However, this post isn’t about Mesoraco, it’s about Todd Frazier, and Todd Frazier is not only breaking out in 2014, he is taking steps towards stardom. After another multi-hit game on Thursday, his 18th of the season, Frazier has a .279/.349/.517 triple-slash to go along with his 31 extra-base hits, 41 RBI, and seven stolen bases. At 28, Frazier is in his prime and would be in his early 30’s if the Reds were able to buyout his arbitration years and gain options for the 2018 through 2020 seasons, while keeping the costs of a potential right-handed power hitter down.
You see, Frazier is overlooked quite a bit due to his struggles in his sophomore season, 2013, when he managed a .234/.314/.407 triple-slash, but some of that can be attributed to his .269 BABIP. While there were struggles, Frazier did improve his walk-rate (which has taken another step forward in 2014), while also improving his strikeout rate. His 100 wRC+ was league average, despite the ugly batting average, but his .721 OPS was in the top 15 among third basemen in MLB, and he posted a career-high 73 RBI.
In 2012, Frazier’s rookie season, he had an .829 OPS, second among NL rookies, to go along with his 19 home runs and 67 RBI, while being forgotten among the National League Rookie of the Year hype that led to Bryce Harper winning the award, while Mike Trout‘s historic run towards finishing second in the AL MVP voting to Miguel Cabrera left many other rookies that year (including Yoenis Cespedes, Matt Carpenter, and Yu Darvish) feeling like chopped liver.
Since his rookie season, Todd Frazier ranks 11th in wRC+ (115, higher than Kyle Seager, Pablo Sandoval, and Pedro Alvarez), 11th in wOBA (.344, higher than Seager, Sandoval, and Alvarez), 11th in WAR (8.6, higher than Aramis Ramirez, Ryan Zimmerman, Sandoval, and Alvarez), and each of the players that Frazier ranks higher than make considerably more money, outside of Seager:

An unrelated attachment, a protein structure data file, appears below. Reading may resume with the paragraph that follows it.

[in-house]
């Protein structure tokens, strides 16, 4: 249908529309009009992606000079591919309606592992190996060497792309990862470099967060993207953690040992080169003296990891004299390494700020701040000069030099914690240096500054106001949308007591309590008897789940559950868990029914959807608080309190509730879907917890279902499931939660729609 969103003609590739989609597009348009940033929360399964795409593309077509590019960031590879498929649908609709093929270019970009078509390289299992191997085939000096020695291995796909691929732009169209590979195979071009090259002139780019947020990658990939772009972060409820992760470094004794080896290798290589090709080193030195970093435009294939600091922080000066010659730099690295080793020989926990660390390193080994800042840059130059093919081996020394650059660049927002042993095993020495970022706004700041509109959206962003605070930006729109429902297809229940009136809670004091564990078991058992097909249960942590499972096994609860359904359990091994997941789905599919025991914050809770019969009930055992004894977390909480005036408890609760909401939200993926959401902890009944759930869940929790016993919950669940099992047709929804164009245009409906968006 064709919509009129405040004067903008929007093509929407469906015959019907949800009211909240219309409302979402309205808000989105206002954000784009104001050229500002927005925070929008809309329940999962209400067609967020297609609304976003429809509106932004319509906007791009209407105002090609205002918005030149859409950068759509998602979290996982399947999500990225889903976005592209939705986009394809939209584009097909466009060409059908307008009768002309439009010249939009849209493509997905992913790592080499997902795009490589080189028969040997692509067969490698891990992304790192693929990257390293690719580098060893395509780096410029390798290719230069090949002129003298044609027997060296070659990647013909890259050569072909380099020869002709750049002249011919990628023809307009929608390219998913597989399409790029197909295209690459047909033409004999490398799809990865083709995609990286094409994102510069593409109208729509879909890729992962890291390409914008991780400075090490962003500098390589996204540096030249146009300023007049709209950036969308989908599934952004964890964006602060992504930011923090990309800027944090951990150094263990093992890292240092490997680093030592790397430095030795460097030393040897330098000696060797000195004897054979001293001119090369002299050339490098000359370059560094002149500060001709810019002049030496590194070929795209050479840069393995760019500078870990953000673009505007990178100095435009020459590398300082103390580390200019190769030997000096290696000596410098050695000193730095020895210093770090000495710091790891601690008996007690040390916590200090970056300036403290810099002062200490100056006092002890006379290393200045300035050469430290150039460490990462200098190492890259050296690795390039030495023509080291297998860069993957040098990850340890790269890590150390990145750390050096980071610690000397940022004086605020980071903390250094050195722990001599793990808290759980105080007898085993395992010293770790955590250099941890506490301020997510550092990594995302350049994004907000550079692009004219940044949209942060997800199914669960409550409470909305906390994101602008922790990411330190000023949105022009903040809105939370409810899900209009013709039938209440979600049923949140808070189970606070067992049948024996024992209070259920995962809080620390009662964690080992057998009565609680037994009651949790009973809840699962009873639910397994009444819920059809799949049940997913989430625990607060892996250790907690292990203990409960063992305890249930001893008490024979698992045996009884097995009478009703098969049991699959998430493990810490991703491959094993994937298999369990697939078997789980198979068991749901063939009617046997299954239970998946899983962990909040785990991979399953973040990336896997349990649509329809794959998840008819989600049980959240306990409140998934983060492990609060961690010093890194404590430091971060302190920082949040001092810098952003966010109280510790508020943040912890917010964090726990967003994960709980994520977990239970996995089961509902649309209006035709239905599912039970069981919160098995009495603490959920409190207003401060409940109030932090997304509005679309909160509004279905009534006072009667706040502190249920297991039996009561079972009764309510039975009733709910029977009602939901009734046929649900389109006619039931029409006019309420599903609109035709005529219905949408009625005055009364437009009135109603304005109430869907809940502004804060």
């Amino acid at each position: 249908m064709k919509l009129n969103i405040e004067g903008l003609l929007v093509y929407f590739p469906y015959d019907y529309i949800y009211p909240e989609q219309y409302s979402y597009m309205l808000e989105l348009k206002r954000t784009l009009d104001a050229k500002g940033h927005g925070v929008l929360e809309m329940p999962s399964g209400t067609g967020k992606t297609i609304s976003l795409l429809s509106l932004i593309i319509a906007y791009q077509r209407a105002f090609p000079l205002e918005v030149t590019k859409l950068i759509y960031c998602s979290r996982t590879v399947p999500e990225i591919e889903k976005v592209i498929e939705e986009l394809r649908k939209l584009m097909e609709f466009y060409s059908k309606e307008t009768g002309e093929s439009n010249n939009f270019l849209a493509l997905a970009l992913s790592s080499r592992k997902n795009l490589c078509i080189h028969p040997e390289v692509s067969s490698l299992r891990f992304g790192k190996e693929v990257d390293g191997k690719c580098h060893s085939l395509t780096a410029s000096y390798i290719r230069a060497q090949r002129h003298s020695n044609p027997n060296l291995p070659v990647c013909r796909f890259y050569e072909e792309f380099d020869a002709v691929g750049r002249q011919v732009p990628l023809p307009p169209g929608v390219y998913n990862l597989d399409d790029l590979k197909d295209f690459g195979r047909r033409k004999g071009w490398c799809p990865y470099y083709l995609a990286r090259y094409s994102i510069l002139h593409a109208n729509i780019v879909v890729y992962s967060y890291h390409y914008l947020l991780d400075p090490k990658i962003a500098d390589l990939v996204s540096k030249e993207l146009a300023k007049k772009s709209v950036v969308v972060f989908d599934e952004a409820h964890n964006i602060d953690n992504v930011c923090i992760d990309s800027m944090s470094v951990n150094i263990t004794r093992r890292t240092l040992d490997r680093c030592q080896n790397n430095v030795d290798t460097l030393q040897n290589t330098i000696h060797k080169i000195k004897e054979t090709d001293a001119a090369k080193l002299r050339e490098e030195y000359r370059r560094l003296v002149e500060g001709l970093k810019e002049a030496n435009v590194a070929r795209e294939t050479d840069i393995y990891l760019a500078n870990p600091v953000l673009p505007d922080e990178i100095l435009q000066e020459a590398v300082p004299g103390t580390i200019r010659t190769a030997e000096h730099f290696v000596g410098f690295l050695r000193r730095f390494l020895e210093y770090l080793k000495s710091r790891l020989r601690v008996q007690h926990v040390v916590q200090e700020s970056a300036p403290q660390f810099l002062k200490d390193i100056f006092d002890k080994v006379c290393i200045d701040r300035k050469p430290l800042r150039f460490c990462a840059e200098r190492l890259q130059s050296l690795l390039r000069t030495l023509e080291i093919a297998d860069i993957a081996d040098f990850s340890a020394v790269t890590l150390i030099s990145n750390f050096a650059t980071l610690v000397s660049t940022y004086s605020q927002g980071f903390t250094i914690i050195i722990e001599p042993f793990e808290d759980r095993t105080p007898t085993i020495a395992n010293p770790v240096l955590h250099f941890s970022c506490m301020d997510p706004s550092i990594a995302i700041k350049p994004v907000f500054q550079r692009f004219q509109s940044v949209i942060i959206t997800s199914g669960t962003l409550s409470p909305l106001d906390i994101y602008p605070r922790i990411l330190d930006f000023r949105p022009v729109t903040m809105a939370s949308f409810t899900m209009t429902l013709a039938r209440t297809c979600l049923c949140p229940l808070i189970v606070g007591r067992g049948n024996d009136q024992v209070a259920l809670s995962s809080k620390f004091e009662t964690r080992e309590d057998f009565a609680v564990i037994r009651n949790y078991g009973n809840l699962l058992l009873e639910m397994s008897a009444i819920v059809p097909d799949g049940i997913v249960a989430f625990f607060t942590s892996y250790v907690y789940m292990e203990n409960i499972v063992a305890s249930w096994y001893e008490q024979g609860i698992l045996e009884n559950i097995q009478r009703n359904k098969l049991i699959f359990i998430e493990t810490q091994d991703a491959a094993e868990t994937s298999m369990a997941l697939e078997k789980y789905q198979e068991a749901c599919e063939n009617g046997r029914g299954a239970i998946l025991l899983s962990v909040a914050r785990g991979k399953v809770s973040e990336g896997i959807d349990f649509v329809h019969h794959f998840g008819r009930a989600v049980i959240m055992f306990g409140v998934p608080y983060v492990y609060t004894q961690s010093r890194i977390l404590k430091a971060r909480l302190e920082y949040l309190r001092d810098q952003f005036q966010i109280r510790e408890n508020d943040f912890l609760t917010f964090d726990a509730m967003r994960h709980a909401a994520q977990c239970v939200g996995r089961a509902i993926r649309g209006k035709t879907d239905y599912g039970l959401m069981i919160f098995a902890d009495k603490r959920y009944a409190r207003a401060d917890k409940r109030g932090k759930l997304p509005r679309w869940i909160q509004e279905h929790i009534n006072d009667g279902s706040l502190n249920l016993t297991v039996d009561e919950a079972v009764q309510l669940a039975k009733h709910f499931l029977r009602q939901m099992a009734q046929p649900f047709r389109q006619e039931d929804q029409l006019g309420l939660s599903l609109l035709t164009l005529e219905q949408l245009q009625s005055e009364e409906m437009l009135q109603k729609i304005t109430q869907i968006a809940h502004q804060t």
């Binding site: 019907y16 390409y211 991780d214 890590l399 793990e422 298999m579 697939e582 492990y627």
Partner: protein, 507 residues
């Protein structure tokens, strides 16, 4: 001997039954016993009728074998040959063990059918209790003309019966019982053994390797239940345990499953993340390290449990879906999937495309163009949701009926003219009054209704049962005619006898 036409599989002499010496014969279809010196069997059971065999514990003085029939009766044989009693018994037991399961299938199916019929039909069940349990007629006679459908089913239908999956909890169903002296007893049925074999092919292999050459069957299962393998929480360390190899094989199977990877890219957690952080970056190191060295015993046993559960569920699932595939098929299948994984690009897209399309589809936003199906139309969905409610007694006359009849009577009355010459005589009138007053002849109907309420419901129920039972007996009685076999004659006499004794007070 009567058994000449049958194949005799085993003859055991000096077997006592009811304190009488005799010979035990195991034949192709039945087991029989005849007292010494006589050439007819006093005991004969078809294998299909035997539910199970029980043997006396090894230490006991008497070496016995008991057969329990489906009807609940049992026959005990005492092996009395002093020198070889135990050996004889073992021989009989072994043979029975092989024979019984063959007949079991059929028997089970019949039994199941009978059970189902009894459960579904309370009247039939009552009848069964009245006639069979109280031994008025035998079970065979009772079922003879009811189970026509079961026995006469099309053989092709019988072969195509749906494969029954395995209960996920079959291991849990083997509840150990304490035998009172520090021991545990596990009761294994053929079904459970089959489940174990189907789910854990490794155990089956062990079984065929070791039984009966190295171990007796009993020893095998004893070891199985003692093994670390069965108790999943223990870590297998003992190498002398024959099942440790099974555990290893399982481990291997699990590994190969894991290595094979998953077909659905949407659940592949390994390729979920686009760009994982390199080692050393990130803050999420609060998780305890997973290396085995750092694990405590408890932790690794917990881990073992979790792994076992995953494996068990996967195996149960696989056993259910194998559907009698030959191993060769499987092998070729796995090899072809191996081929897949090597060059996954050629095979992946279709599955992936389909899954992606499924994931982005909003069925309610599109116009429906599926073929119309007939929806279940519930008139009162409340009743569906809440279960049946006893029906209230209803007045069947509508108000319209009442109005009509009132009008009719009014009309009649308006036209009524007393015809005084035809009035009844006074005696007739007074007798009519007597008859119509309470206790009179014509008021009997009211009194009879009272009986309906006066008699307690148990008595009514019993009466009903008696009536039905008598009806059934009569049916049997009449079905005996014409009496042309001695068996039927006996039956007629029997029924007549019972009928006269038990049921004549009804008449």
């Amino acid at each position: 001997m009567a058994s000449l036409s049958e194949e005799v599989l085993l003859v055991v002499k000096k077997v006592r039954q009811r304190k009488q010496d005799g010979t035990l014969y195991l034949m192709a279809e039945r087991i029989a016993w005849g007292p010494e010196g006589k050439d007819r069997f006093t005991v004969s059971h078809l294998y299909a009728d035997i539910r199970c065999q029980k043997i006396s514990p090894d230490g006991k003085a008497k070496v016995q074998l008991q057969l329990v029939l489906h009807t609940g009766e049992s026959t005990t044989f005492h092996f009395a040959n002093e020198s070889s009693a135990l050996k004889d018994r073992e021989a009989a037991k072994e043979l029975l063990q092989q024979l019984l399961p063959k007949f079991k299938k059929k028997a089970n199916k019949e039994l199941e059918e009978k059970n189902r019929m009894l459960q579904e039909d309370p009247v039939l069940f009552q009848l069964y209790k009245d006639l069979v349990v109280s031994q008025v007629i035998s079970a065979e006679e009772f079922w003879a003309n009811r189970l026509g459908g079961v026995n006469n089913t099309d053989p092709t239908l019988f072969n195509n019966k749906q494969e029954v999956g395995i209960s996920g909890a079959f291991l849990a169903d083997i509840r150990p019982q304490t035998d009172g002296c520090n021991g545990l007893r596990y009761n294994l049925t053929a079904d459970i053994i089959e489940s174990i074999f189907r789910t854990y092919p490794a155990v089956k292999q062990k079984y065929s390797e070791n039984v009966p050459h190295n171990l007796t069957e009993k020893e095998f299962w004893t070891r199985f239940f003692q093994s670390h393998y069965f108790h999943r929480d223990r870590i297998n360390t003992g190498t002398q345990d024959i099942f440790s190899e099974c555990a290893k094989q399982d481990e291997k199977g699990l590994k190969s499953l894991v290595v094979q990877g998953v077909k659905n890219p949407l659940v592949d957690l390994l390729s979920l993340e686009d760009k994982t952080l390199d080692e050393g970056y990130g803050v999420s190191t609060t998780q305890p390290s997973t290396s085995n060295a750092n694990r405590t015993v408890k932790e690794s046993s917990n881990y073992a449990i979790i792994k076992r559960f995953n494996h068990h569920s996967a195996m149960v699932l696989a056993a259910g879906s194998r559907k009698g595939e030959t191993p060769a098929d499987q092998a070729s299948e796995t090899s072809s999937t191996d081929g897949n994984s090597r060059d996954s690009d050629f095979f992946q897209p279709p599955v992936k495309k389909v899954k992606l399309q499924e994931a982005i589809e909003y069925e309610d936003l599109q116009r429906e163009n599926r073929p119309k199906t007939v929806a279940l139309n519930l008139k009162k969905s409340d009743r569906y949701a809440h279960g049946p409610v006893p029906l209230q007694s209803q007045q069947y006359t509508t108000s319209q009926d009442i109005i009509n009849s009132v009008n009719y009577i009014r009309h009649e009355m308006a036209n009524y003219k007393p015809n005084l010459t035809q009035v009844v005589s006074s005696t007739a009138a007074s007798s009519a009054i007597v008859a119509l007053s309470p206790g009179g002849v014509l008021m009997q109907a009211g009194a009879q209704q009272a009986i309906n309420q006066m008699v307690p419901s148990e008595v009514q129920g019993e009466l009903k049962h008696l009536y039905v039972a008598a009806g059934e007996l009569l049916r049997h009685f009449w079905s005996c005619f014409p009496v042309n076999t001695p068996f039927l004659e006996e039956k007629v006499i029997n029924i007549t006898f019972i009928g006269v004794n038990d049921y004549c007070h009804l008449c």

Aramis Ramirez: in the middle of a three-year, $40 million deal (2015 – $4 million buyout or $14 million option)
Ryan Zimmerman: in the middle of an 11-year, $135 million deal that runs through 2020 (including options)
Kyle Seager: earning $540,000 this year and arbitration-eligible for the first time in 2015
Pablo Sandoval: in the final year of a three-year, $17.15 million deal and likely to cash-in this winter
Pedro Alvarez: earning $4.25 million this year and arbitration-eligible for the first time in 2015
Frazier is making $600,000 this season and is arbitration-eligible for the first time this winter. Just like Seager, Frazier has provided tremendous value when compared to other third basemen around baseball, and he has earned a financial reward for his contribution over the last two-and-a-half seasons, especially when you consider the bargain he has been to this point. With the numbers that he is putting up, he could get quite expensive in arbitration. In 2014, Frazier is truly pacing third basemen across MLB: 2nd in WAR (2.7), 1st in wRC+ (139), 1st in wOBA (.377), 1st in slugging percentage (.517, only player over .500), 1st in OPS (.866), 2nd in home runs (16, Josh Donaldson leads with 17), and 1st in stolen bases (7). While some may think it is a mirage, Frazier’s sophomore season seems to be the regression from the norm. His batting average (.273) is the same as it was in his rookie season, his slugging percentage is similar to what it was in his rookie season (.498 in 2012 and .517 entering play today), and his BABIP is just .304, closer to league average than being responsible for inflating his overall numbers. While the HR/FB is very high (21.1 percent), Frazier’s line-drive, ground-ball, and fly-ball rates are each in line with his career norms, the ball is just leaving the yard at a much higher rate.
While there could be some regression in home runs, which would lead to more fly-balls and lower overall production, it is atypical for balls to stay in the yard in the warmer months in Cincinnati, much less many other ballparks across MLB. At 28, Frazier is in his prime and the production seems legitimate.